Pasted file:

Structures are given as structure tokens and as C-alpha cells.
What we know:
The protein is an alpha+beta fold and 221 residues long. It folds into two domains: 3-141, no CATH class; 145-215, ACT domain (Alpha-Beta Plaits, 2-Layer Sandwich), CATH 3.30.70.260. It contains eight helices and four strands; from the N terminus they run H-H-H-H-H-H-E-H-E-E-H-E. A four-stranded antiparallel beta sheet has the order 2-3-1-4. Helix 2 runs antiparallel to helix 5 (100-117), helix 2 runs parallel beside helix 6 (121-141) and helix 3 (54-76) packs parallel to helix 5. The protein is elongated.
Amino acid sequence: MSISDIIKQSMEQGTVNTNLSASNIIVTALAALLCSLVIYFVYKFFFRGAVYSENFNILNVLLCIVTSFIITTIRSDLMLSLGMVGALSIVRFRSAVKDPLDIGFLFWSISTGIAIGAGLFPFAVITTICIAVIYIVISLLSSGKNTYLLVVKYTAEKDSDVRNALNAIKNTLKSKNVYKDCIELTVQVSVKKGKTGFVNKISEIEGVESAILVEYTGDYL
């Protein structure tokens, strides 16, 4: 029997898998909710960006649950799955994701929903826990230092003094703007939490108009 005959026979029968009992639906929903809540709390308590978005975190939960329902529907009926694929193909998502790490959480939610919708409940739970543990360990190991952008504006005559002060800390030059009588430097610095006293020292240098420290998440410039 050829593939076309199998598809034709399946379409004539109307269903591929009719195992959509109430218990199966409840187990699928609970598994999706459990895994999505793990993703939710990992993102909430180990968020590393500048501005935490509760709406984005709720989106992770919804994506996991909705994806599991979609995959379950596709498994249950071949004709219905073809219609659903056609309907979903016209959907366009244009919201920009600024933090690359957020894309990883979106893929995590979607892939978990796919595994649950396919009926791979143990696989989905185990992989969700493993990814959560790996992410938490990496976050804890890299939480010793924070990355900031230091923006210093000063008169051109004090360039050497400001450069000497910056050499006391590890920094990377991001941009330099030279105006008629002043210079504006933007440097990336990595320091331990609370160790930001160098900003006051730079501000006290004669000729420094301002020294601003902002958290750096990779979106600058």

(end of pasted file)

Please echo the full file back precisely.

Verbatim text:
Structures are given as structure tokens and as C-alpha cells.
What we know:
The protein is an alpha+beta fold and 221 residues long. It folds into two domains: 3-141, no CATH class; 145-215, ACT domain (Alpha-Beta Plaits, 2-Layer Sandwich), CATH 3.30.70.260. It contains eight helices and four strands; from the N terminus they run H-H-H-H-H-H-E-H-E-E-H-E. A four-stranded antiparallel beta sheet has the order 2-3-1-4. Helix 2 runs antiparallel to helix 5 (100-117), helix 2 runs parallel beside helix 6 (121-141) and helix 3 (54-76) packs parallel to helix 5. The protein is elongated.
Amino acid sequence: MSISDIIKQSMEQGTVNTNLSASNIIVTALAALLCSLVIYFVYKFFFRGAVYSENFNILNVLLCIVTSFIITTIRSDLMLSLGMVGALSIVRFRSAVKDPLDIGFLFWSISTGIAIGAGLFPFAVITTICIAVIYIVISLLSSGKNTYLLVVKYTAEKDSDVRNALNAIKNTLKSKNVYKDCIELTVQVSVKKGKTGFVNKISEIEGVESAILVEYTGDYL
């Protein structure tokens, strides 16, 4: 029997898998909710960006649950799955994701929903826990230092003094703007939490108009 005959026979029968009992639906929903809540709390308590978005975190939960329902529907009926694929193909998502790490959480939610919708409940739970543990360990190991952008504006005559002060800390030059009588430097610095006293020292240098420290998440410039 050829593939076309199998598809034709399946379409004539109307269903591929009719195992959509109430218990199966409840187990699928609970598994999706459990895994999505793990993703939710990992993102909430180990968020590393500048501005935490509760709406984005709720989106992770919804994506996991909705994806599991979609995959379950596709498994249950071949004709219905073809219609659903056609309907979903016209959907366009244009919201920009600024933090690359957020894309990883979106893929995590979607892939978990796919595994649950396919009926791979143990696989989905185990992989969700493993990814959560790996992410938490990496976050804890890299939480010793924070990355900031230091923006210093000063008169051109004090360039050497400001450069000497910056050499006391590890920094990377991001941009330099030279105006008629002043210079504006933007440097990336990595320091331990609370160790930001160098900003006051730079501000006290004669000729420094301002020294601003902002958290750096990779979106600058």